Ride and Tie Gains Ground
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Runner, horse and rider play leapfrog down the trail
Photo courtesy of Tom Noll
“Ride and tie”—those were the words I heard as Ben cantered by on Superman. We were a few miles into one of the first ride-and-tie races in the Owyhee desert of southwest Idaho. It was the final day on the final Owyhee Canyonlands ride and Steph Teeter decided to host a 30-mile ride and tie. The Owyhee Canyonlands is a five-day endurance ride that had been held every year since 2002. I have participated in the ride every year. I knew that my last day at Owyhee Canyonlands would be special.
Ride and Tie is a team sport where two runners/riders and one horse combine talents to quickly cover a trail course. The event is timed although many people find enough challenge in simply finishing. Ride and tie had its heyday in the 1970s and 1980s and today may be poised to regain some its earlier luster.
Ride and Tie has only a few rules with the main one being that only one rider can be on the horse at one time. What usually happens is that one team member will canter or gallop ahead on the horse, tie the horse to some natural object such as a tree, and then run ahead on the trail. The second team member comes to the horse, unties it and climbs into the saddle, rides down the trail passing the other runner, and then the process repeats. The team leapfrogs down the trail tying the horse at various points and the race isn’t over until all three team members cross the finish line.
Ride and Tie is fraught with pitfalls. Besides the usual trail-running mishaps such as getting lost, falling, hitting inclement weather, etc., Ride and Tie adds a whole set of additional issues. You can inadvertently run by and pass the horse, inadvertently get on the wrong horse, the horse can inadvertently get loose and run away, the horse can inadvertently shy at some real or imagined danger and throw the rider and other potential mishaps. And then there is the whole strategy of placing the ties to best utilize the abilities of the two runners/riders and the horse. Unlike an ultra or an endurance ride, Ride and Tie is much more spontaneous and there is no time to just grind out the miles on the trail, moving ever closer to the finish.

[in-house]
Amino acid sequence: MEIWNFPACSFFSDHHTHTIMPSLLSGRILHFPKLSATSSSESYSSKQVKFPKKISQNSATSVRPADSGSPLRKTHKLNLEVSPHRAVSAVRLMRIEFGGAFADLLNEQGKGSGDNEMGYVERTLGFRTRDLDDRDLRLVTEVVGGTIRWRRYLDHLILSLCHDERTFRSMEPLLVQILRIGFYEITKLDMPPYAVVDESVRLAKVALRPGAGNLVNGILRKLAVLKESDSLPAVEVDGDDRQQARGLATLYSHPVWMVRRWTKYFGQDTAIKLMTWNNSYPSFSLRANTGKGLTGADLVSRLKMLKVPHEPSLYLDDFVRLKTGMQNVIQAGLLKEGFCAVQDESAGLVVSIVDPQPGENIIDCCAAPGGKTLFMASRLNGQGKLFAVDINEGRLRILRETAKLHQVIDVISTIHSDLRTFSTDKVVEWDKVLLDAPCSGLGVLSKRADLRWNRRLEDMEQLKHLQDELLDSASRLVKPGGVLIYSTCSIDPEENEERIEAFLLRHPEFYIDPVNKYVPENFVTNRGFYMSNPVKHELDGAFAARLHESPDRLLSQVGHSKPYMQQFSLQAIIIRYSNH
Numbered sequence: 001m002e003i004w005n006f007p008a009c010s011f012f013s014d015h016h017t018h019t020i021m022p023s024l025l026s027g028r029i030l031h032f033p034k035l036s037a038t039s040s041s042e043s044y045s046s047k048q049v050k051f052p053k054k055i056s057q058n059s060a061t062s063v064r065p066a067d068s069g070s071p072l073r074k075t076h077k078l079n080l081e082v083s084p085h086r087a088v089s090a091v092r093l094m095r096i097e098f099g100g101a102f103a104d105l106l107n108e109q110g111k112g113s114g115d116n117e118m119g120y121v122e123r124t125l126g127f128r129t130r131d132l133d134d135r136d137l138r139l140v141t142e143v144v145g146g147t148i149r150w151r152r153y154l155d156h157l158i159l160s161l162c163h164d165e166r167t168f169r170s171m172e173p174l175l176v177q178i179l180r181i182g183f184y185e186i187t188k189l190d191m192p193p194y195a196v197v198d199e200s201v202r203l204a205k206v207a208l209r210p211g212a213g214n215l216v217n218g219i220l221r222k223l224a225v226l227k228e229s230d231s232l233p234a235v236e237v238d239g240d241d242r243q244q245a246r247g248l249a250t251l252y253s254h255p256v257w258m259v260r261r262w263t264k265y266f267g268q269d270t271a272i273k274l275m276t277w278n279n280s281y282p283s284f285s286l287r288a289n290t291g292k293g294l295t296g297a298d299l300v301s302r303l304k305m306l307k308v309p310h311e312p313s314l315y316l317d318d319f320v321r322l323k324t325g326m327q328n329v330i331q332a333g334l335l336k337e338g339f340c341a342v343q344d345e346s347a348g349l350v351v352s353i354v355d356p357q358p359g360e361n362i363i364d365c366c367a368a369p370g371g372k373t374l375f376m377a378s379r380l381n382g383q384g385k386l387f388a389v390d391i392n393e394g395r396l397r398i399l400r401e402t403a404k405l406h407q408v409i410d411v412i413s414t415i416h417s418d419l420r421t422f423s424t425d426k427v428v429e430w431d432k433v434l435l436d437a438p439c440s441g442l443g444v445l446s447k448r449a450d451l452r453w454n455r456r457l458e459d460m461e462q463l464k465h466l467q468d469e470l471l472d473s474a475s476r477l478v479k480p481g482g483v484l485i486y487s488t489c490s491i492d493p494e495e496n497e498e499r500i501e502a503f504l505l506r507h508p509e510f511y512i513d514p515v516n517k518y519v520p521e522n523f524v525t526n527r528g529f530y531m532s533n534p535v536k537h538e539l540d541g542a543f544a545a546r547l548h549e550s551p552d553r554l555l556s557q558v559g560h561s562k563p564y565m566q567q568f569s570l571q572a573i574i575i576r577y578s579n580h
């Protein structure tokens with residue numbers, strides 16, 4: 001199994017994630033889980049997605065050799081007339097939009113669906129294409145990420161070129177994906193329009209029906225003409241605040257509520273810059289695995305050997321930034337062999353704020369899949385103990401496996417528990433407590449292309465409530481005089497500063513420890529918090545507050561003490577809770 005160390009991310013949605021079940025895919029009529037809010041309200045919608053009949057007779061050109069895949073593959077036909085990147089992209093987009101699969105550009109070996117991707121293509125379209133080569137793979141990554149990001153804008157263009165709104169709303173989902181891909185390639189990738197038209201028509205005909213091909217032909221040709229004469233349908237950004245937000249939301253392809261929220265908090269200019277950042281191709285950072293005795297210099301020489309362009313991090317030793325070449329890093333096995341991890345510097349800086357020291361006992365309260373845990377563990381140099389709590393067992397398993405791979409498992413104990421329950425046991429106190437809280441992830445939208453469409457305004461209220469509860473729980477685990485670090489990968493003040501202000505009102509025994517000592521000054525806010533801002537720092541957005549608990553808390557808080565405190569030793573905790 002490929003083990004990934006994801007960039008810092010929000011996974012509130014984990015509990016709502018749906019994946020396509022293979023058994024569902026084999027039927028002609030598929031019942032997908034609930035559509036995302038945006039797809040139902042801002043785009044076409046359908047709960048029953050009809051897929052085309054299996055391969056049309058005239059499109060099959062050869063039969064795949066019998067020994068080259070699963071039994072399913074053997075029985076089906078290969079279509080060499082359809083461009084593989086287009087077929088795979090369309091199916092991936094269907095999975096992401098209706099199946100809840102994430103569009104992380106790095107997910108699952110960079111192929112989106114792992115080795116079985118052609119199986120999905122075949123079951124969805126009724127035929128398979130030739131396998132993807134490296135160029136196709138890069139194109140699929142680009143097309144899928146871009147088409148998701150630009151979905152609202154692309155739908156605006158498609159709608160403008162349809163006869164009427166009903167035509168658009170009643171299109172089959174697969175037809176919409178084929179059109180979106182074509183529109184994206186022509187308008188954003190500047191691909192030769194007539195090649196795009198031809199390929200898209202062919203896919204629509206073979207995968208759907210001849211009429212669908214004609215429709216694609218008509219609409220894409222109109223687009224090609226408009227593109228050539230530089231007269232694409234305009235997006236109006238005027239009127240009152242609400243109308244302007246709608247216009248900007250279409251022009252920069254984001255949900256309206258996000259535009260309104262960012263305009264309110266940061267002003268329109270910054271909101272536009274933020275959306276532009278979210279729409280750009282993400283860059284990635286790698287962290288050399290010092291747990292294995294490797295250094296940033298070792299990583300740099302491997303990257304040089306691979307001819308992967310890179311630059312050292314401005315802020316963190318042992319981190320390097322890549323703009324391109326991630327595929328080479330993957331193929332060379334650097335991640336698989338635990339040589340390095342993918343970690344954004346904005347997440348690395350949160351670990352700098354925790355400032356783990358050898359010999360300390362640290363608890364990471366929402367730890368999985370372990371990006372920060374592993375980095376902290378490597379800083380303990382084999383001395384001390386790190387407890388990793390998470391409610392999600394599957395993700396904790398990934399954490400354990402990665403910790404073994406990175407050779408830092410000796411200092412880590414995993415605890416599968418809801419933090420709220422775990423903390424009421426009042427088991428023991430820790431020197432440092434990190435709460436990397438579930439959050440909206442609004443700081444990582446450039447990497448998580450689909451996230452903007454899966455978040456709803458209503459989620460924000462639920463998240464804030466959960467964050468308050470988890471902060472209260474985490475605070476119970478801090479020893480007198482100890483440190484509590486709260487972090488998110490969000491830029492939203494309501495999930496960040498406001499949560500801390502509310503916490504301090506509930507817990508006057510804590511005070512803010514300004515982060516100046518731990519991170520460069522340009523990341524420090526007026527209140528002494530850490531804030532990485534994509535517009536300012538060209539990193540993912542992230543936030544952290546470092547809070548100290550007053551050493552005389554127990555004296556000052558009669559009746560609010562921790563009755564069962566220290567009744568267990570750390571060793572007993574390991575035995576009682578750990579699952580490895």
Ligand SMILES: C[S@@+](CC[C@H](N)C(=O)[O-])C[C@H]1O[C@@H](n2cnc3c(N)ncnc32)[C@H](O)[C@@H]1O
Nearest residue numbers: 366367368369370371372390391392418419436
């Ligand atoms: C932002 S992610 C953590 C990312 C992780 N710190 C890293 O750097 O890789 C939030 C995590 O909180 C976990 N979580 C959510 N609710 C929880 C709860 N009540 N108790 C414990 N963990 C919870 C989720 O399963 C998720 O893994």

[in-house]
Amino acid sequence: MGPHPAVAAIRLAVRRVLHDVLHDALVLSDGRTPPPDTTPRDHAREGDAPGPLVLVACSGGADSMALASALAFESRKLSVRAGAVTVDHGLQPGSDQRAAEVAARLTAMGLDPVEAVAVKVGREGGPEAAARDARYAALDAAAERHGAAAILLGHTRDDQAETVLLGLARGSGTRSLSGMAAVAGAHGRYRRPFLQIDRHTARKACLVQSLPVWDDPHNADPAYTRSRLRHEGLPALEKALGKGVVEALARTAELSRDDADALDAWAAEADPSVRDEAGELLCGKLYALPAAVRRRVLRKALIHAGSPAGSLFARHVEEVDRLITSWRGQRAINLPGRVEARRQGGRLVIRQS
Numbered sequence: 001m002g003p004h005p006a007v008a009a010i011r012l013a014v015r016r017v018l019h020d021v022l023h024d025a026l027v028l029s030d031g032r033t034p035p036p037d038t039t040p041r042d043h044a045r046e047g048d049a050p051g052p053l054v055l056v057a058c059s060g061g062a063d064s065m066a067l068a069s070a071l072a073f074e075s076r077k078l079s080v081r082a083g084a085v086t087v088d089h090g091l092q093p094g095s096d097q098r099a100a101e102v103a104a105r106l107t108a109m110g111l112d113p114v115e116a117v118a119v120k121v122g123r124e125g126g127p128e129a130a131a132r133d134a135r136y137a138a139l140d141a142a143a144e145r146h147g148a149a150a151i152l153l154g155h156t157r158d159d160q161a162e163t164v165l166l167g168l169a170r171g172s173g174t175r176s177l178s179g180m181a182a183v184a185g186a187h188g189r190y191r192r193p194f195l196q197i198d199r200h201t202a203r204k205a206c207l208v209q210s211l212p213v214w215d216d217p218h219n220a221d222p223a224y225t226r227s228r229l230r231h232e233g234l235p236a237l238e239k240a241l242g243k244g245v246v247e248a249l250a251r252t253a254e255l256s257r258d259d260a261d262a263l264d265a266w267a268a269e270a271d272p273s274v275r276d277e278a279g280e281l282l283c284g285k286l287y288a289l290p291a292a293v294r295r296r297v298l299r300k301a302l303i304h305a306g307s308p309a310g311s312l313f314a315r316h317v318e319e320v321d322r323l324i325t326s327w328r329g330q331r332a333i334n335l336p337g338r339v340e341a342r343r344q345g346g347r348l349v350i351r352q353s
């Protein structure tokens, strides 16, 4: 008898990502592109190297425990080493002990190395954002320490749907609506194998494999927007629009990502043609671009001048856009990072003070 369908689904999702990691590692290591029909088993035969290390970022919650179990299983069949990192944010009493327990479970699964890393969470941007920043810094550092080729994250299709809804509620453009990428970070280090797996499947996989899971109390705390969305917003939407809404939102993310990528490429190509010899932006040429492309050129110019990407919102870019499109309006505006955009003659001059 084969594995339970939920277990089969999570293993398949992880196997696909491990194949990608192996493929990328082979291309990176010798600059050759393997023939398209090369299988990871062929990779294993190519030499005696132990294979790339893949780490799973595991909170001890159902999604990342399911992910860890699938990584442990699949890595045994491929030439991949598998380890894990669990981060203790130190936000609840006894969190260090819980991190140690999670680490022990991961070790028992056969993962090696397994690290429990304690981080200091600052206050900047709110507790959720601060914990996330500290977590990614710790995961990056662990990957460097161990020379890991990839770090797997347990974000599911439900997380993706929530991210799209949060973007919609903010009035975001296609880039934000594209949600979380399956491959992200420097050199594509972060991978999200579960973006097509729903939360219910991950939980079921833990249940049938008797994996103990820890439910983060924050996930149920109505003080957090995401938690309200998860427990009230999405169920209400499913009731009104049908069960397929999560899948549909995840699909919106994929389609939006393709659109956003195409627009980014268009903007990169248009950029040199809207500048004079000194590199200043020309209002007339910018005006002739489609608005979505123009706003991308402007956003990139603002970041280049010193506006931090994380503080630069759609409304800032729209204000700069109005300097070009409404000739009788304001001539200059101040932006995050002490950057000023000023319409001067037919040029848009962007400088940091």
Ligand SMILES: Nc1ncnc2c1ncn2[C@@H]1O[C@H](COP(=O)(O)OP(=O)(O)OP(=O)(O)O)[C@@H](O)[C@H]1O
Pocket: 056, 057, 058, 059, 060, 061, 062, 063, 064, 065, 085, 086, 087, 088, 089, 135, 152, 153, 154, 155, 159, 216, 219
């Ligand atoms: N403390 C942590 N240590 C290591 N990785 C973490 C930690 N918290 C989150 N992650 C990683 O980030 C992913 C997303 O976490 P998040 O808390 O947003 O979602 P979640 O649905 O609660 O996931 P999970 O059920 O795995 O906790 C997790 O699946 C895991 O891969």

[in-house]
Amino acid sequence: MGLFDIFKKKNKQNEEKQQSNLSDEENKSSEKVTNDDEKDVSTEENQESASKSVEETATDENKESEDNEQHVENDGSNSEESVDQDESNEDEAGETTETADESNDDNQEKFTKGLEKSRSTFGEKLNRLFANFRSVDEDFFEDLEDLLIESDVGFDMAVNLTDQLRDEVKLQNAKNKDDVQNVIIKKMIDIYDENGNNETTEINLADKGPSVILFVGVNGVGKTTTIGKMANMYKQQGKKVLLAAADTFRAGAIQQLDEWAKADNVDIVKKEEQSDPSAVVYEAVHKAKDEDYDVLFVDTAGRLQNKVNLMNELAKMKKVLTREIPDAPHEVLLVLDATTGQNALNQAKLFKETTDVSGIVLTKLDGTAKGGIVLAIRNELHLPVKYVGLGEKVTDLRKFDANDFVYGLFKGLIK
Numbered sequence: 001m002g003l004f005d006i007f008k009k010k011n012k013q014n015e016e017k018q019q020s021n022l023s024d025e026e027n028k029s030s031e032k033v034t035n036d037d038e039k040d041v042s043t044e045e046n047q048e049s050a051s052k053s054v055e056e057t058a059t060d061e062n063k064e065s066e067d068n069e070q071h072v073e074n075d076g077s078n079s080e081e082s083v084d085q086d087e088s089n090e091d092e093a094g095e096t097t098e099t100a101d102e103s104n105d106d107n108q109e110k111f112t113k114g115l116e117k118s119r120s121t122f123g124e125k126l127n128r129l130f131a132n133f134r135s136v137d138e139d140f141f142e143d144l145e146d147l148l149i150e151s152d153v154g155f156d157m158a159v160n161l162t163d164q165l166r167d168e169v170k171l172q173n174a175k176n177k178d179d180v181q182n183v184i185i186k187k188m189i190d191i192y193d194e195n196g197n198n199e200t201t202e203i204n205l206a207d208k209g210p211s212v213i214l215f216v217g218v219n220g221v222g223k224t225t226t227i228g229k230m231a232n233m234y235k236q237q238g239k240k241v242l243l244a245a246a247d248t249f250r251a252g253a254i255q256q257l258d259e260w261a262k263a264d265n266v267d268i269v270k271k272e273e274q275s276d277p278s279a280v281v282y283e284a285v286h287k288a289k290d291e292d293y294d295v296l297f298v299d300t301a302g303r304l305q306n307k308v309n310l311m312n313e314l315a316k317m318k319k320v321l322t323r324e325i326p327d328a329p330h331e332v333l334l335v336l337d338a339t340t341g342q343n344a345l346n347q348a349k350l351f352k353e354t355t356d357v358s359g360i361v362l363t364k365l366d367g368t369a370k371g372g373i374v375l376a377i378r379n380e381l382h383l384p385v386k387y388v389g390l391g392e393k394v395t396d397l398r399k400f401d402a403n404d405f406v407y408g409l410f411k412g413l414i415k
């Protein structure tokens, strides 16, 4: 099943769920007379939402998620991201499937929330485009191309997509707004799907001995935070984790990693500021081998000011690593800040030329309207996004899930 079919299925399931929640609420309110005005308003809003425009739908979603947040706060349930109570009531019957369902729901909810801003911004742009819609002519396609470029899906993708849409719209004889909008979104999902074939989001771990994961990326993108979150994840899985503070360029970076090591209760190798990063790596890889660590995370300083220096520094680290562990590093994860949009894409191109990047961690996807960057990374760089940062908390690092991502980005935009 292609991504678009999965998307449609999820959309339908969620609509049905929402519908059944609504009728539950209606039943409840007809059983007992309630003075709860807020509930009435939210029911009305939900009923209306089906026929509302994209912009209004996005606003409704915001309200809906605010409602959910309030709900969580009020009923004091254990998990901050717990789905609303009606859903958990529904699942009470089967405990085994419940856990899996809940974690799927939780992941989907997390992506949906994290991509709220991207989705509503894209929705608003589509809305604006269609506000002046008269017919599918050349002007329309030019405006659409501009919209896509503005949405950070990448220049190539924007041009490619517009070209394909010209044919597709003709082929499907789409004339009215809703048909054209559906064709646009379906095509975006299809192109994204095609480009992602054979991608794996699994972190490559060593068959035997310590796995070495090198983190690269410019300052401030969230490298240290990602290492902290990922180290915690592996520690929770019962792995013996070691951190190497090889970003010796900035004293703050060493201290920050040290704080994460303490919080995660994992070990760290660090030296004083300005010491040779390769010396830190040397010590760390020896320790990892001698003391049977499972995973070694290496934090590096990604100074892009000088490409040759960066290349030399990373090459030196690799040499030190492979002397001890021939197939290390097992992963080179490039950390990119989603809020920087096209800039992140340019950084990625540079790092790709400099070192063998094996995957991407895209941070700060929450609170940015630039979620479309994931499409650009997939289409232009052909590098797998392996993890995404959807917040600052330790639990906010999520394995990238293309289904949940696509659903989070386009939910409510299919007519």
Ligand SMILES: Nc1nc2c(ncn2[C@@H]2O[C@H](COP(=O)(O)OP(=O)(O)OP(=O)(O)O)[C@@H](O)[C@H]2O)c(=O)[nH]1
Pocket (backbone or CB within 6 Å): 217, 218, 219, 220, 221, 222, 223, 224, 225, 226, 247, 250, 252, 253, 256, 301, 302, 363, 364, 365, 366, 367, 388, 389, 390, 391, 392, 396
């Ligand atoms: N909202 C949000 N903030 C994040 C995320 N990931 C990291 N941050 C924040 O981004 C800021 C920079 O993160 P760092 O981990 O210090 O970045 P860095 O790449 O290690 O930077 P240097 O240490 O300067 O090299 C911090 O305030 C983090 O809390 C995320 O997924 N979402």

Our ride the Owyhees was small, very small, with only two teams. But, the two teams were composed of friends and both teams were evenly matched. Had there been Las Vegas betting, the betting line would have been even.
Layne Simmons, Dick Root and Will made up one team and they faced off against Ben Volk, myself and Superman. Superman had an illustrious endurance career and the horse is called Clark while in camp. Layne’s friend Phil and my friend Cindy volunteered to be the crew at the one vet check located about 25 miles into the ride.
We started at 7:30 a.m. I was riding around the camp checking the saddle fit and stirrup length when Steph announced, “Ride and Tie, the trail is open!” Whether the fit was right or not, it was show time. Superman and I took off after Dick and Will, while Layne and Ben ran behind. The trail climbed up to a desert plateau and we all got down to business. About five or six miles and several ties into the ride I came to a 15-hand bay horse with a fleece saddle cover and a yellow tie and began to untie. “Wait, this isn’t my horse,” I realized, and continued on. Riding Superman a few miles later, I turned around and said to Dick, “We are not on the course.” Ben and Layne had missed the turn and left on the wrong desert track. I went a short way on the track and then doubled back. I thought to myself, “Ben is a smart guy. He will figure this out,” and Itook off down the trail to a high vantage point.